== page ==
The Liberals promised a CPP enhancement in the 2015 election campaign. And in their first budget on March 22, they promised the government "will launch consultations to give Canadians an opportunity to share their views on enhancing the Canada Pension Plan."

But the government then ditched the public consultations and went straight to the provinces to get the deal largely done by June.

Finance officials stress that the negative impacts of the CPP enhancement on jobs and economic growth will be modest, peaking in 2025 and dissipating over the next 10 years until there are actually positive impacts on both employment and GDP.

Ontario Premier Kathleen Wynne abandoned her province's plan to go it alone on pension improvements after a new national agreement to enhance the Canada Pension Plan was announced June 20. Internal analyses from Finance Canada project that the new plan will dampen job growth until 2035. (Mark Blinch/Canadian Press)
"In the short run, raising CPP contribution rates for both employers and employees  will reduce workers' take-home pay and increase employers' wage bills [blacked out]," says the briefing note.

"Higher wage costs will reduce demand for labour. Lower demand for labour and lower workers' take-home pay will reduce aggregate demand. Lower take-home pay could also reduce the number of hours workers are willing to work."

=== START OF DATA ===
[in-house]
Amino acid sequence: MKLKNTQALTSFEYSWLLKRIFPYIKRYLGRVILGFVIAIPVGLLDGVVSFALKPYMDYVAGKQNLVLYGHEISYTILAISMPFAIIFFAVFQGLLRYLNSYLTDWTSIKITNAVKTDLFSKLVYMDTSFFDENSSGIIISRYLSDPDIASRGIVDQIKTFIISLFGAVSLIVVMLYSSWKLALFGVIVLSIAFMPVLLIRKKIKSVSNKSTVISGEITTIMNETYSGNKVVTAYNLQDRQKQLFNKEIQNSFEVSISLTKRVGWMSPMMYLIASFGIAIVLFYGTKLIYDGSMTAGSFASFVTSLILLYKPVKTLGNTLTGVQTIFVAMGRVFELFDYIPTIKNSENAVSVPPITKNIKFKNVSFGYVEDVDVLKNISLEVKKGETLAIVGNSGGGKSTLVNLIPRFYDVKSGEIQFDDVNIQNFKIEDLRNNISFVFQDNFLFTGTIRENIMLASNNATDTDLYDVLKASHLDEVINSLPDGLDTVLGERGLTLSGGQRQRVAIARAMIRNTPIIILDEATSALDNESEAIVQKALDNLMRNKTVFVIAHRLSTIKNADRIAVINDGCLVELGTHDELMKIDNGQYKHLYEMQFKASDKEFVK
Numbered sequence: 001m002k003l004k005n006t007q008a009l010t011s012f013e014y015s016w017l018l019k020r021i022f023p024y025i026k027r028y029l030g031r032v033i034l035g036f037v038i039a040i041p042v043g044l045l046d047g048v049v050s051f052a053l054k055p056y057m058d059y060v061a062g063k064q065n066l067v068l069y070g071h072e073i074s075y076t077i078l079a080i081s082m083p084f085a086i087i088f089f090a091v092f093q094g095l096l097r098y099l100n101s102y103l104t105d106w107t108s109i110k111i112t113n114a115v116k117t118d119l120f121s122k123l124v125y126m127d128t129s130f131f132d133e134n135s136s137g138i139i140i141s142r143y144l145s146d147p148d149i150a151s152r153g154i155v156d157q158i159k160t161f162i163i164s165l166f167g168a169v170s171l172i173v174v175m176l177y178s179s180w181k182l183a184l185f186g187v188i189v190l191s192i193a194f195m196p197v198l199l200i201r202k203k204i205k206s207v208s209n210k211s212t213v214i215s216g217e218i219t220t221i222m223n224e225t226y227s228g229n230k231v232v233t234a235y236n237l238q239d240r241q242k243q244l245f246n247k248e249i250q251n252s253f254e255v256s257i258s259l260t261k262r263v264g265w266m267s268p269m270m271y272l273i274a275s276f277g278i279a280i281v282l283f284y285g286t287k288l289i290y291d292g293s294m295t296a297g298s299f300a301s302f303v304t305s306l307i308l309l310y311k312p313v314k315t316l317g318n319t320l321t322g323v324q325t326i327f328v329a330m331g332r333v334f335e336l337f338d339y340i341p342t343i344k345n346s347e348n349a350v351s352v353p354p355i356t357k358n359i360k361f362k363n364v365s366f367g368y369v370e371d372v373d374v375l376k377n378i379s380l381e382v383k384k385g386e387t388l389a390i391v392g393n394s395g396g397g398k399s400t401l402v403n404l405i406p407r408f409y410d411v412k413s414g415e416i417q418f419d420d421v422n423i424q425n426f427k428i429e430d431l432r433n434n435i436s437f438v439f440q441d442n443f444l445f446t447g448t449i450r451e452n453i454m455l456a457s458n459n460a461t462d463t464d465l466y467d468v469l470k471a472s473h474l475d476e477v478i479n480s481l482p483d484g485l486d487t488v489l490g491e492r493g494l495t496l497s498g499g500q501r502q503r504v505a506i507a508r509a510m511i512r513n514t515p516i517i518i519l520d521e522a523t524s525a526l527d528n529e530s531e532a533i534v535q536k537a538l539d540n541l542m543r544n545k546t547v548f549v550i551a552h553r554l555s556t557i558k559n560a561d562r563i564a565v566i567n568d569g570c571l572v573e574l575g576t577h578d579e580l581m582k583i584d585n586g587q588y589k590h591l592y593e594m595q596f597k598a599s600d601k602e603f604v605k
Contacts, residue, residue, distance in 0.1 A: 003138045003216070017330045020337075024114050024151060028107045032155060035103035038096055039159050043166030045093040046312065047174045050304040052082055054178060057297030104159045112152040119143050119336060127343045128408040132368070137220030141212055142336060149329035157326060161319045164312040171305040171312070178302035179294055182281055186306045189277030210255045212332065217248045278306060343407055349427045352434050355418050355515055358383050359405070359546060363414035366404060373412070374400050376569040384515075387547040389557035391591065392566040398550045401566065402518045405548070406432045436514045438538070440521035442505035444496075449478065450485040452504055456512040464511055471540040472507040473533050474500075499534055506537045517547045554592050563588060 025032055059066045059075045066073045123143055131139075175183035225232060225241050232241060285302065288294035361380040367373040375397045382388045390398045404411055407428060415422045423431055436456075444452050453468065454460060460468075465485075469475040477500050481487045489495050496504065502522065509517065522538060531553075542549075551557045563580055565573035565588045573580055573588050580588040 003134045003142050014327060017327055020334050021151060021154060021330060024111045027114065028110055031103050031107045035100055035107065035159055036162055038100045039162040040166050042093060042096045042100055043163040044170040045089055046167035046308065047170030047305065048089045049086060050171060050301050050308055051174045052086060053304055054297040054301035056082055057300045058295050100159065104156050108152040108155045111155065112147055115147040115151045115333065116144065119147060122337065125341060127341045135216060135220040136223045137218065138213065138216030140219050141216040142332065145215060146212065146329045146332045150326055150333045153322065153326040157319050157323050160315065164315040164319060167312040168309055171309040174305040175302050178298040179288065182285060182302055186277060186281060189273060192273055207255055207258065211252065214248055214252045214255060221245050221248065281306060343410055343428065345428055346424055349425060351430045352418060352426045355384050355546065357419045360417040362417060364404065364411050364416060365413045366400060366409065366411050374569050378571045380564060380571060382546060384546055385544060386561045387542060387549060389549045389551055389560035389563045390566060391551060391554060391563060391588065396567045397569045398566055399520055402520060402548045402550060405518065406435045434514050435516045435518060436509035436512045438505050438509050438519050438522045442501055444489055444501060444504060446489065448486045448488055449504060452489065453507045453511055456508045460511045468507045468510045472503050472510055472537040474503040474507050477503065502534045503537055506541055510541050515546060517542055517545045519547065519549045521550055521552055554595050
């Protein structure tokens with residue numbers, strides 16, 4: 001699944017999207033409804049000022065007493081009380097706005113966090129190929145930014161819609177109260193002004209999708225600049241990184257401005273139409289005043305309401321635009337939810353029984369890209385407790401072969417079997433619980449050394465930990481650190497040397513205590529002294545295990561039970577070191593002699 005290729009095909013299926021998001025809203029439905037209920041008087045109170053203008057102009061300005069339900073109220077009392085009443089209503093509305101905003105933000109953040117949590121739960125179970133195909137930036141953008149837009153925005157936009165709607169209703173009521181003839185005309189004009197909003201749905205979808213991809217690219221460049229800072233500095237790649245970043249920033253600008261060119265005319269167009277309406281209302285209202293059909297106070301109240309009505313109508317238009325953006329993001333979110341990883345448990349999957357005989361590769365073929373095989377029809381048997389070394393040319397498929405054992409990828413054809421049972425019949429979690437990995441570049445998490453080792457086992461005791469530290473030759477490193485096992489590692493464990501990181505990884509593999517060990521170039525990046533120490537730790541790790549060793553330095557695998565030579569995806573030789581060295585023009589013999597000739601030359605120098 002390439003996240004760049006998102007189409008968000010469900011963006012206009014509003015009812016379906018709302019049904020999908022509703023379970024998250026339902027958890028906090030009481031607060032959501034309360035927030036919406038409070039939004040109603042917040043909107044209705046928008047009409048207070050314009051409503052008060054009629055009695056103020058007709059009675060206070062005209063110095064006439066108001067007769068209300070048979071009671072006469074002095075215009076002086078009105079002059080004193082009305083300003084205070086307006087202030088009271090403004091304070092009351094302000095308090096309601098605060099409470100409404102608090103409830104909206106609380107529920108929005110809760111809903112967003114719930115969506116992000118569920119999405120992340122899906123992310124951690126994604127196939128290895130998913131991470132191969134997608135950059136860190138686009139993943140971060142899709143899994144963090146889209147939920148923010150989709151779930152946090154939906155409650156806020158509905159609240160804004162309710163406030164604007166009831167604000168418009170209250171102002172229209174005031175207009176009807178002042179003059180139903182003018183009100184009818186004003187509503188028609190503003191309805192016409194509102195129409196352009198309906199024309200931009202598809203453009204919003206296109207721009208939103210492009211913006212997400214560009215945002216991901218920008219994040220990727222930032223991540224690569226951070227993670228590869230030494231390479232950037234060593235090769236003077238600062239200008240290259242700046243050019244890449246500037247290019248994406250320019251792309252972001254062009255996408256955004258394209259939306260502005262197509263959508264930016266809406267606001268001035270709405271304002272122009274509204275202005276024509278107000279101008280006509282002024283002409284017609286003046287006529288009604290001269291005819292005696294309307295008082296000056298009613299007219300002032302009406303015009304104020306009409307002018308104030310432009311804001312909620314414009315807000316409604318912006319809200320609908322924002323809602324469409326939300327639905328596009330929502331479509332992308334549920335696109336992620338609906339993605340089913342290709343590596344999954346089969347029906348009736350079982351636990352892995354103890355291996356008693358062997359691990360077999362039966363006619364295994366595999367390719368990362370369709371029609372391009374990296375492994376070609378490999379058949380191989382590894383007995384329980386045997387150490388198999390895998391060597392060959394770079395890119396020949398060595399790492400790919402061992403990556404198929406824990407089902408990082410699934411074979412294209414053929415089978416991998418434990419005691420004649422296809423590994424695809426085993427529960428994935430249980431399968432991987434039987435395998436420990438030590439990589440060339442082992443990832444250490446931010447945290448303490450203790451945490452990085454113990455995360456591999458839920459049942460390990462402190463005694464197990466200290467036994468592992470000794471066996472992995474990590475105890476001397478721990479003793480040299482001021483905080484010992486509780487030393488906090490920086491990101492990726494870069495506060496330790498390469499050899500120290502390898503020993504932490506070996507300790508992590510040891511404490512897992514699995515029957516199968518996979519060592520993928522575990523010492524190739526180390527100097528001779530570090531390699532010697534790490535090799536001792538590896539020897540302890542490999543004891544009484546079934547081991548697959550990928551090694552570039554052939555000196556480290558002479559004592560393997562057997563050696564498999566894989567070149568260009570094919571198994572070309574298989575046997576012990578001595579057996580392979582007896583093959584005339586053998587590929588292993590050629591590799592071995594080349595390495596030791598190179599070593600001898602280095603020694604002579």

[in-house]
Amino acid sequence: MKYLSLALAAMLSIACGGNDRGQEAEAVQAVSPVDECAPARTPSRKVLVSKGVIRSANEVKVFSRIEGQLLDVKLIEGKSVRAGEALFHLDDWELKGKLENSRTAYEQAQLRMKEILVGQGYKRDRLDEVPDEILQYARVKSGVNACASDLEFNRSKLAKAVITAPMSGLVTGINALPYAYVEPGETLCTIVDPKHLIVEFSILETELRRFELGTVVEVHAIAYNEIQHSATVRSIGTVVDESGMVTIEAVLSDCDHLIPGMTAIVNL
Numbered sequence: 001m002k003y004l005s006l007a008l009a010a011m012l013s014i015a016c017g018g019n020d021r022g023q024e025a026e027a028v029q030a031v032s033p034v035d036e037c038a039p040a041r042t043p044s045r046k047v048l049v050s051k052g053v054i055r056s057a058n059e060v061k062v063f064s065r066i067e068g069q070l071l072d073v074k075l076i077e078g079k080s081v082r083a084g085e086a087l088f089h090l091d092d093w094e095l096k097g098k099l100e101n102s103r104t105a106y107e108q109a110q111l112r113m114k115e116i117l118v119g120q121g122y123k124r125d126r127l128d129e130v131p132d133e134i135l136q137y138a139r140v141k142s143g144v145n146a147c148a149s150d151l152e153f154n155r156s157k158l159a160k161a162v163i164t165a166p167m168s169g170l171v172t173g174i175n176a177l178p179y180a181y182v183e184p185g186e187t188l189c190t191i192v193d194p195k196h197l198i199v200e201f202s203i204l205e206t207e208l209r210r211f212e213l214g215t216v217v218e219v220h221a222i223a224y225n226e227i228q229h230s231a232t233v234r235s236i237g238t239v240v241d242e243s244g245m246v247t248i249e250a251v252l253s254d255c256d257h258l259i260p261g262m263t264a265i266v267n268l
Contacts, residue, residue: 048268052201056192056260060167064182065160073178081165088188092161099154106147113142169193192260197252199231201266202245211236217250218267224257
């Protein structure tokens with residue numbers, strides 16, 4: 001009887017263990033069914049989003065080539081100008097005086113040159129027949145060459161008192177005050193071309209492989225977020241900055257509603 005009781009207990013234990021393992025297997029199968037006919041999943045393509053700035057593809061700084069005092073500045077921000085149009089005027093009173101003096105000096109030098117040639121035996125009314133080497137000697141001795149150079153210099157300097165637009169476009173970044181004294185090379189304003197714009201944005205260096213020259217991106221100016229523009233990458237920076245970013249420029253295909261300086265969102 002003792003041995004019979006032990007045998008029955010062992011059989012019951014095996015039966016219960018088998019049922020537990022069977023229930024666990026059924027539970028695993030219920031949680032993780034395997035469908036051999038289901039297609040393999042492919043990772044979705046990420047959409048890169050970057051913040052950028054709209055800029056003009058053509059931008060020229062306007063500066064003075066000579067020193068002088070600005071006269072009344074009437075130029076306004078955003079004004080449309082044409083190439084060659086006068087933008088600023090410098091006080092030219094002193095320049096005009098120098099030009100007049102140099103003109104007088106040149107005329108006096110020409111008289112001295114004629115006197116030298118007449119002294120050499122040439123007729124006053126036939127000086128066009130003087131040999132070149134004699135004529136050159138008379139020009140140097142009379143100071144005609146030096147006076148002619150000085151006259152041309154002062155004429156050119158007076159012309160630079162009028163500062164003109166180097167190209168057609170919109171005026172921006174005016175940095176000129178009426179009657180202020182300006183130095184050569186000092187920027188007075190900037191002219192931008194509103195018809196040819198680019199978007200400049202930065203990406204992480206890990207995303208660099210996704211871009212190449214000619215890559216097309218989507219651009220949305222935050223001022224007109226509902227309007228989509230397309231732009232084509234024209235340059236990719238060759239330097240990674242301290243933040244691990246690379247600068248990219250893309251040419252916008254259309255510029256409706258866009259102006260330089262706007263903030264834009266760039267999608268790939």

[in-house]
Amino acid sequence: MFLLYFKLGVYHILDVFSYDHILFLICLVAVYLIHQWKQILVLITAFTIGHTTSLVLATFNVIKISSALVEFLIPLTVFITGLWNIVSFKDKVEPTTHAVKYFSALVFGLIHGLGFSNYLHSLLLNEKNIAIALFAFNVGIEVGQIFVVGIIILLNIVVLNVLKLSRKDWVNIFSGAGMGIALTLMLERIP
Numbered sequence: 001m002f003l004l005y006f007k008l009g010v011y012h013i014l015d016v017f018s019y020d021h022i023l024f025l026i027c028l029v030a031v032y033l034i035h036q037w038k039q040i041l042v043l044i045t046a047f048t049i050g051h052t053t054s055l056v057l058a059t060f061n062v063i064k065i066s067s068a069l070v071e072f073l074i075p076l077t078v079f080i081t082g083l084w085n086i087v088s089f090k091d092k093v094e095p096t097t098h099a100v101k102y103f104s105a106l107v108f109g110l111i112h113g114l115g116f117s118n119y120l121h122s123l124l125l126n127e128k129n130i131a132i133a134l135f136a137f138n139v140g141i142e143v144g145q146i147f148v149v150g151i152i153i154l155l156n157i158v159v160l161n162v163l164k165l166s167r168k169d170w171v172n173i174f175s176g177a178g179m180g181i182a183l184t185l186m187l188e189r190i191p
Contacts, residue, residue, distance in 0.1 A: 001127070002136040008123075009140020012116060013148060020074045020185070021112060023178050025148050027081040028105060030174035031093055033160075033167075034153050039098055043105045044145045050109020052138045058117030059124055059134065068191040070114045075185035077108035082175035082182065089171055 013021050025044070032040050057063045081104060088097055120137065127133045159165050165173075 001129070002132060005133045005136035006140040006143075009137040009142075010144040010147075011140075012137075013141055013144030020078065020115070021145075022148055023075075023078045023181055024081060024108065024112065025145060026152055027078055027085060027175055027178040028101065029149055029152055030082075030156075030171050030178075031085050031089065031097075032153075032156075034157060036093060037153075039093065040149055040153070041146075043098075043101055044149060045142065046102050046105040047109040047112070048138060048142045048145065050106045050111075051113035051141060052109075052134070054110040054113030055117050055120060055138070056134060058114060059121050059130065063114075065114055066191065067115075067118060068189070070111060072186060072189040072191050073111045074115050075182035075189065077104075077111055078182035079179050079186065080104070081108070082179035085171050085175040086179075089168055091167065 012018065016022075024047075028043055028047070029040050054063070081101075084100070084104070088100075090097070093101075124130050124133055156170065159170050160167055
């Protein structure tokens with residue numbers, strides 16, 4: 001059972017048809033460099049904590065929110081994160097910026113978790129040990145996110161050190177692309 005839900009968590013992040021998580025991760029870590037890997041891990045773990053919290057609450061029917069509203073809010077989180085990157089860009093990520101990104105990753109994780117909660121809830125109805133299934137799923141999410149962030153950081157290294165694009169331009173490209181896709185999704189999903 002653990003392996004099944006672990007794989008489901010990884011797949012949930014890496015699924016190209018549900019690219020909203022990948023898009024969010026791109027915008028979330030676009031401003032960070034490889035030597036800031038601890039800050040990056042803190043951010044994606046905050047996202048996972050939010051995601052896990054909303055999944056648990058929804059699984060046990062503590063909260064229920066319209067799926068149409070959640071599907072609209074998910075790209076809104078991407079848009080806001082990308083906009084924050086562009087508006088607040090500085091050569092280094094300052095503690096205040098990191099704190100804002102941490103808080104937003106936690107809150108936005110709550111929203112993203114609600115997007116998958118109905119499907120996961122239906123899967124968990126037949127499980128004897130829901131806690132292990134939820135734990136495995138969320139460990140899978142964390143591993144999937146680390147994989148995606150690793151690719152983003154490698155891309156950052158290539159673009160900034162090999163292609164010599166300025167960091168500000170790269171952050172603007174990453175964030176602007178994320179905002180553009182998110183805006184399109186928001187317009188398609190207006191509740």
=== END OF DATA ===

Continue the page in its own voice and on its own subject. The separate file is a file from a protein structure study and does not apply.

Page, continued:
The Liberal government has justified an enhanced CPP by noting that more employers are abandoning traditional pension plans, leaving more of the risks of saving and investment to workers.

The previous Conservative government resisted pressures to improve CPP, saying an ailing economy could not handle the added costs. At the time, the finance department released analyses that stressed the short-term costs of enhancement with little reference to the long-term benefits to the economy.

Follow @DeanBeeby on Twitter


Dean Beeby

Senior reporter, Parliamentary Bureau

Dean Beeby is a CBC journalist, author and specialist in freedom-of-information laws. Follow him on Twitter: @DeanBeeby